How to Get the Most Out of Airlines' 'Premium Economy'
With airlines around the world adding premium economy cabins, you can now fly long-haul in relative comfort for about 20 to 40 percent more than a full economy fare. But is it worth it?
If your budget is flexible, but doesn’t stretch all the way to business or first, then premium economy is generally a very good buy.
It is a practical option for business travelers whose corporate policies ban business class bookings, for small businesses, and for entrepreneurs. It is also a great way to treat yourself on your honeymoon. Premium economy is ideally suited to anyone who wants to travel further and more often, without burning through a travel budget in a single trip.
But buyer beware: There are economy class cabins in the market only pretending to be “premium.” You’ll get extra legroom and perhaps a few perks like added luggage allowance and priority boarding, but you’re basically flying in economy class at the front without crushing your knees.
So how can you be sure whether you’re getting the full premium experience for your more-than-economy-but-less-than-business budget?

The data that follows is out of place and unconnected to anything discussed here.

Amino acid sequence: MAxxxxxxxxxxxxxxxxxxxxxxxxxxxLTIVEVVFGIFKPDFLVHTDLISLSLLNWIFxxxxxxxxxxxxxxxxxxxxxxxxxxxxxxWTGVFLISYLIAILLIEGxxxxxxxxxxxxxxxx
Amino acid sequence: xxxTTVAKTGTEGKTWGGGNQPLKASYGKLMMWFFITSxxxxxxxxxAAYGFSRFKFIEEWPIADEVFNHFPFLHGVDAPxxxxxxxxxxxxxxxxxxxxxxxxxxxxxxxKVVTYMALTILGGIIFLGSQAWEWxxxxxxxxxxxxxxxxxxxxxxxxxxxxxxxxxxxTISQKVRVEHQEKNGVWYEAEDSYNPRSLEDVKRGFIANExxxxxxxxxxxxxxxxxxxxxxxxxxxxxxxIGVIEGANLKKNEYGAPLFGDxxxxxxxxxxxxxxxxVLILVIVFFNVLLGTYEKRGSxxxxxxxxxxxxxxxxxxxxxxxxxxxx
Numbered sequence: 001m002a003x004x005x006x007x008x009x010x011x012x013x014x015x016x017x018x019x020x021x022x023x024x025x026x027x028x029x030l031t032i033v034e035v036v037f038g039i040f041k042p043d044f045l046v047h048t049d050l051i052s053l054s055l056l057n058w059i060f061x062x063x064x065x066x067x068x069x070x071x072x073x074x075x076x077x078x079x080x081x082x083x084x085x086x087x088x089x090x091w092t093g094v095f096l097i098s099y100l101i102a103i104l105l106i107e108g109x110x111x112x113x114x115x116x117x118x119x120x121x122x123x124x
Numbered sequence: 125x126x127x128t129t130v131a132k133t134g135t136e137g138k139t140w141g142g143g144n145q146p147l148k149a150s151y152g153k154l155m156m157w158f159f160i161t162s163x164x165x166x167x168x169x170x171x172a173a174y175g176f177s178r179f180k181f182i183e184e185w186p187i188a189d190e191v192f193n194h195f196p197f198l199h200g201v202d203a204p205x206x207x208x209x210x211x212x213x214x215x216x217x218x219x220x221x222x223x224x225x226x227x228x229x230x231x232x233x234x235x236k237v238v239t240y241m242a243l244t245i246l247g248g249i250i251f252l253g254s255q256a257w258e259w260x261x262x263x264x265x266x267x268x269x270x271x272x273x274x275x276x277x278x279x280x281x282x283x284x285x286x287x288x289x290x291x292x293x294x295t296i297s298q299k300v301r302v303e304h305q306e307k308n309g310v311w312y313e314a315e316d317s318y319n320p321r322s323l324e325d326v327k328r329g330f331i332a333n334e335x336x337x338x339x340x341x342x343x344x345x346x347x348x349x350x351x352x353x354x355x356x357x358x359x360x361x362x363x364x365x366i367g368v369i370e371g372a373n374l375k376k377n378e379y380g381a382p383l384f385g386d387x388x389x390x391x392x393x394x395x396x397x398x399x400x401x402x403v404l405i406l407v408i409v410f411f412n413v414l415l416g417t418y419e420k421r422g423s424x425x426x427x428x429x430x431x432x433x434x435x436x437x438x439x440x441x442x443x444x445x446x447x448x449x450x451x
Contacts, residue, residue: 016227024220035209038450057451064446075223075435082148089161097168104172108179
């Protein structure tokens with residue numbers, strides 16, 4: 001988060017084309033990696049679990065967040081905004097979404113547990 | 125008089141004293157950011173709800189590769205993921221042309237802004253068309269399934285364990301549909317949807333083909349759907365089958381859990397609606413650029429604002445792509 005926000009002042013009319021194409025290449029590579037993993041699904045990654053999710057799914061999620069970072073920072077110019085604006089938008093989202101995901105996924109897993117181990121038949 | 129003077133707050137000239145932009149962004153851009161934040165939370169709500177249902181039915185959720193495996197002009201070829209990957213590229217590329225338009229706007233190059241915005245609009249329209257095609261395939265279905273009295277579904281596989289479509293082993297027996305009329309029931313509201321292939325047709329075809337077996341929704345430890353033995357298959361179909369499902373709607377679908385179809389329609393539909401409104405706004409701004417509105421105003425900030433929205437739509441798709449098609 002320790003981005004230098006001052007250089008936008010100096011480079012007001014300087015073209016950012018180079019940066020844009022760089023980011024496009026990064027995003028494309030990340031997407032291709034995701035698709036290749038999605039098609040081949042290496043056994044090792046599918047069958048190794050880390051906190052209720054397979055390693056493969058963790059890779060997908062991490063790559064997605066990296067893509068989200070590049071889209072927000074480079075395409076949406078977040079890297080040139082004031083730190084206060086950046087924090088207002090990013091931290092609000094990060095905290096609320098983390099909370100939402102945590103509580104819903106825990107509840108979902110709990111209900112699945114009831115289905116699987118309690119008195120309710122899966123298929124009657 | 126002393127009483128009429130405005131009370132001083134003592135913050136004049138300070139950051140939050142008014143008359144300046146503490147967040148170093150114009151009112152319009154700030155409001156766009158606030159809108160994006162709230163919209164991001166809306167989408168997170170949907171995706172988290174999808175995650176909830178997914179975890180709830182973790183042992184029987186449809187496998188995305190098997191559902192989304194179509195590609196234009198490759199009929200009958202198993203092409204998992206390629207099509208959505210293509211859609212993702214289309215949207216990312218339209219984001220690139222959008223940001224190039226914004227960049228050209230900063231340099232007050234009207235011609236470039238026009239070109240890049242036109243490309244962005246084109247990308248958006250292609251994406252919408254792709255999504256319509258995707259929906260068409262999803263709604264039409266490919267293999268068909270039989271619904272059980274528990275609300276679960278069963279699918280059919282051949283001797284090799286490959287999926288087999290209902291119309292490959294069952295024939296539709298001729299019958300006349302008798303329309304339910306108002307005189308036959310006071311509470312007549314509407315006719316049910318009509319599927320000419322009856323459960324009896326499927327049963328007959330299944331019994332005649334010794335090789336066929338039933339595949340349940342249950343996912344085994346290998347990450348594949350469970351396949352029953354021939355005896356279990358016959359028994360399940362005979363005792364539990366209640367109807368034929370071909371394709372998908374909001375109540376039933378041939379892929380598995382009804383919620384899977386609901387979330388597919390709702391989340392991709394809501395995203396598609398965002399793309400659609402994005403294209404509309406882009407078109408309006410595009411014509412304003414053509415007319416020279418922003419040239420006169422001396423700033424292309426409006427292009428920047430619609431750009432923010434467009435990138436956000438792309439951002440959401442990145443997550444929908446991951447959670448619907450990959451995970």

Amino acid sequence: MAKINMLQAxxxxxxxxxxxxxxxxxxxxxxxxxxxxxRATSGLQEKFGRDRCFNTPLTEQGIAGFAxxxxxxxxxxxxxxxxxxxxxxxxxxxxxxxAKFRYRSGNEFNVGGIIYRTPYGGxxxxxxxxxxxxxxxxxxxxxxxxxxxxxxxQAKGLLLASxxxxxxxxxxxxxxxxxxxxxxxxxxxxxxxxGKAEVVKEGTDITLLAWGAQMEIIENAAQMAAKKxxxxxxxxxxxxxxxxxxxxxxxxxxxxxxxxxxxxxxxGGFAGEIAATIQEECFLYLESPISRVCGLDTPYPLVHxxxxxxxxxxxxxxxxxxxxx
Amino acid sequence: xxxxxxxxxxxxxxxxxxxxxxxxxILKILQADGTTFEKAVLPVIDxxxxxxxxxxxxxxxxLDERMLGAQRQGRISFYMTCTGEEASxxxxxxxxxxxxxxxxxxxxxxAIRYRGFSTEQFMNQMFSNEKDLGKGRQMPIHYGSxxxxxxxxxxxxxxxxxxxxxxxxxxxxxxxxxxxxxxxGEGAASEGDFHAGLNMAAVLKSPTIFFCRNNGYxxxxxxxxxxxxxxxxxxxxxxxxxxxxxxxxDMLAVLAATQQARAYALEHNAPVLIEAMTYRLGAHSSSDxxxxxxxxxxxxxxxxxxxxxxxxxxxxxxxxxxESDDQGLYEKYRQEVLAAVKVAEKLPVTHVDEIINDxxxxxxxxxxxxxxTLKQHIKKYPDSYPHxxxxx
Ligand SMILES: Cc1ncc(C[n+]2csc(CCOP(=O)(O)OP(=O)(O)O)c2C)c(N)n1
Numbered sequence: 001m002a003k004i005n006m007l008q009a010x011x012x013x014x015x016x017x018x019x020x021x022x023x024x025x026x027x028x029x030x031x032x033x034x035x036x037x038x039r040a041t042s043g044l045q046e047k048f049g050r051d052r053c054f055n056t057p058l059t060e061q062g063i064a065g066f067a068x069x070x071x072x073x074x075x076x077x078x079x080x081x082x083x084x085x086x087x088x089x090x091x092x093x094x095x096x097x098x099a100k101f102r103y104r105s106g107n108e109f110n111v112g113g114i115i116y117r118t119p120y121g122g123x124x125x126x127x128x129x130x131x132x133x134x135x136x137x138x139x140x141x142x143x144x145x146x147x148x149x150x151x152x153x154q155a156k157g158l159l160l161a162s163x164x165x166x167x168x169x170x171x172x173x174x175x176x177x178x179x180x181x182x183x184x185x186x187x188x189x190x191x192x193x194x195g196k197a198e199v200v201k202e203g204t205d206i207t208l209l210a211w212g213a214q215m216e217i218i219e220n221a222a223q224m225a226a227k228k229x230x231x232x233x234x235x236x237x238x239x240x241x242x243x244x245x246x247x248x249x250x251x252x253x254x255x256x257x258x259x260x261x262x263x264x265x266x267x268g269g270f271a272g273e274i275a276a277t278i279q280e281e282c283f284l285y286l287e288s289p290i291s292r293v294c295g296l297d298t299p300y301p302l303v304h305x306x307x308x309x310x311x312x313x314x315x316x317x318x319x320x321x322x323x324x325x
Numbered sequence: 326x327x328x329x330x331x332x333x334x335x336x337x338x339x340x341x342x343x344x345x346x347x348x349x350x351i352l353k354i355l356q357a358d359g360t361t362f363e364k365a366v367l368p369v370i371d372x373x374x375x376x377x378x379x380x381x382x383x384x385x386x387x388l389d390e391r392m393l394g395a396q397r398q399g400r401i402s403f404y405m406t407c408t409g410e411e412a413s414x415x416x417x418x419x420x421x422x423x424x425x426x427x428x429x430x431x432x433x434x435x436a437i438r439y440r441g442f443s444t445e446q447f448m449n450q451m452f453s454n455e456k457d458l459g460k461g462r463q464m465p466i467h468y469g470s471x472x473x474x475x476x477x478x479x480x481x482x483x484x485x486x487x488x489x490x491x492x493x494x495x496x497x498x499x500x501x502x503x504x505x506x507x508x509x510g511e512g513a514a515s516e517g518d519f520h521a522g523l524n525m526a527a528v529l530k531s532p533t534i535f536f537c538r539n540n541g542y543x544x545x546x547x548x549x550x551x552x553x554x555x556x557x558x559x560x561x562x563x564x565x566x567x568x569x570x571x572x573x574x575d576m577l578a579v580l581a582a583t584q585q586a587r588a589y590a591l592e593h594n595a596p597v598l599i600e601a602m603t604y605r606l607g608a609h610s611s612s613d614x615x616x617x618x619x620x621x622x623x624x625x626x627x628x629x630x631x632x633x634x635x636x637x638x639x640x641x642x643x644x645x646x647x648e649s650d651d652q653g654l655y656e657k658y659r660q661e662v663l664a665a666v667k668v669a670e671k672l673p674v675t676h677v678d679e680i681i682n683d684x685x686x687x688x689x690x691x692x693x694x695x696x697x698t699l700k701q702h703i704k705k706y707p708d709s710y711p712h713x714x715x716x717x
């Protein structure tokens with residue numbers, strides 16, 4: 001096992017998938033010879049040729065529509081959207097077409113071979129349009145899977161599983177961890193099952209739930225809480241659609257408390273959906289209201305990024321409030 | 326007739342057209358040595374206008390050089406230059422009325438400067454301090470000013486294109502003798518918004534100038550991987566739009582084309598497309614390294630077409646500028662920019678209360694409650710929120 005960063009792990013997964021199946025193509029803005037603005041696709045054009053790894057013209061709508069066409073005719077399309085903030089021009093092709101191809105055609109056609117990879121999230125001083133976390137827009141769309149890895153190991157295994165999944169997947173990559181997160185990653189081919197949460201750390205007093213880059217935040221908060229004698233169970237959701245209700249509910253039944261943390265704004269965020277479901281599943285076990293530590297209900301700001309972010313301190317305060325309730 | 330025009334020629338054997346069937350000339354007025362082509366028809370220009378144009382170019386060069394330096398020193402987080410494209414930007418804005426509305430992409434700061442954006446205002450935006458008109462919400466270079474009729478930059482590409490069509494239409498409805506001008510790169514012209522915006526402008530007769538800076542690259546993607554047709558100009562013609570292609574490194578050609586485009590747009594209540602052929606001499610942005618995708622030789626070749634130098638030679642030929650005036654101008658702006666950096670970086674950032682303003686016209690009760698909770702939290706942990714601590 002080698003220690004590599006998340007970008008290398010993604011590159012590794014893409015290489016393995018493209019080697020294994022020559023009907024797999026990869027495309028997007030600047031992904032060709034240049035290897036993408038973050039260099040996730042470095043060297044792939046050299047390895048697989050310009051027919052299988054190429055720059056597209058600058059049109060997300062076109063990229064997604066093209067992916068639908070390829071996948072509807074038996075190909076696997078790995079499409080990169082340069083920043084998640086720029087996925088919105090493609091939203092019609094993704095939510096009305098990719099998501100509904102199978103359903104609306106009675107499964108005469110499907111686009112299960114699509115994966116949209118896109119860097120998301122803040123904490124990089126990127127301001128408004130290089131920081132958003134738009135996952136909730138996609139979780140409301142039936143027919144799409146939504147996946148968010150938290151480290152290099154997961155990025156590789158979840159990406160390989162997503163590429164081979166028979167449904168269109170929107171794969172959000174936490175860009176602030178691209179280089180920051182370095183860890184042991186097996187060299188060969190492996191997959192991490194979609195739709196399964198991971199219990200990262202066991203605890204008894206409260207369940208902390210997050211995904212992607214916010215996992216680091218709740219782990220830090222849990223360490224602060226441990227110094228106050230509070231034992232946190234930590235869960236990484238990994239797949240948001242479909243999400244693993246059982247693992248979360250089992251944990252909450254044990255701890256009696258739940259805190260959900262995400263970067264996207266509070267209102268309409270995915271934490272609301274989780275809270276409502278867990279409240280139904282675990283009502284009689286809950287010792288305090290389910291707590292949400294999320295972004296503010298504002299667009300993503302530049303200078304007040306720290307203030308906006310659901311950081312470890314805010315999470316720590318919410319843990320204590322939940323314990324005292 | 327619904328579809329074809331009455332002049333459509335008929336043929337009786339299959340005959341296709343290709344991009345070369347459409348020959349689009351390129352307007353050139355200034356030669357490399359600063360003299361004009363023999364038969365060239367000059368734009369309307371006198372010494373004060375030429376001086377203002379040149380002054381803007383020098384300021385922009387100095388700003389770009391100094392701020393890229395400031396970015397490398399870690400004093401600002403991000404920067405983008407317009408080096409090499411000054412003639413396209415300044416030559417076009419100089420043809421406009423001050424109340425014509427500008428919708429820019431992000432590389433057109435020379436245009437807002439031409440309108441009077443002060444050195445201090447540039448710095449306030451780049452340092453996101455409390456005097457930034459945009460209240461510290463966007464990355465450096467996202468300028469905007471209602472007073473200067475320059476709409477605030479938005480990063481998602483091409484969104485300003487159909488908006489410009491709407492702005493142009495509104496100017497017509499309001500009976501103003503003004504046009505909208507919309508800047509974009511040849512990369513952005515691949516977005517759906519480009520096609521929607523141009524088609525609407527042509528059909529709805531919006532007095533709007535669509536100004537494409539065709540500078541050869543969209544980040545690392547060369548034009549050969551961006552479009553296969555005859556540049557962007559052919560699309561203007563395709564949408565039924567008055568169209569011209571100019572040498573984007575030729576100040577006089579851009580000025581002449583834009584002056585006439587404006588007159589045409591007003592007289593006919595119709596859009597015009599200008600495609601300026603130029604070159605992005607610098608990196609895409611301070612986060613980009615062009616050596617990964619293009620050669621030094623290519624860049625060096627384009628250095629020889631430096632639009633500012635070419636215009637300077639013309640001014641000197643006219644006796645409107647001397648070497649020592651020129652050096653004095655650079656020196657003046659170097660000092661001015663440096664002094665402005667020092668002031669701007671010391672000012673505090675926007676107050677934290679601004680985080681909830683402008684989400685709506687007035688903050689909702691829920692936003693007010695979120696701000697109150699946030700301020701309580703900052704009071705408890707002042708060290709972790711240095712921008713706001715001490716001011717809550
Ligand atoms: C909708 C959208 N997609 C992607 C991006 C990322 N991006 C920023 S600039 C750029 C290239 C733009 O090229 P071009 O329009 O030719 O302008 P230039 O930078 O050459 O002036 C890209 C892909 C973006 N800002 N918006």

Sometimes it’s as easy as double-checking the price. If it sounds like too much of a bargain, it might be an Economy “extra” fare. To be sure that you’re buying the right ticket check out the product on the airline site, and find answers to these four key questions:
1. Does your ticket buy a special seat?
This is a standard requirement for true premium economy. You should expect a wider seat with greater recline, leg rests and an adjustable head-rest. You should also expect more leg-room, but that is a common feature on economy-plus-but-not-premium-cabins.
2. How well will that movie play?
A larger (often better resolution) in-flight entertainment screen is another common feature of Premium Economy. Premium Economy seats are wider than standard economy seats so airlines have room to improve your cinematic experience.
3. Who else is in there?
The operative word in a premium economy cabin is “cabin”. It should be a relatively separate space, with dedicated service. Sometimes that means a secluded section at the front of Economy class, but most often there is full separation with a divider wall.
4. How much love are you getting?
Airlines offering premium economy cabins, even some offering “plus,” will at least give you a little keepsake amenity kit for the journey, and often a dedicated menu. You should also expect special attention at the airport and in the cabin.
After all, you're paying for “premium,” so you should get your money’s worth.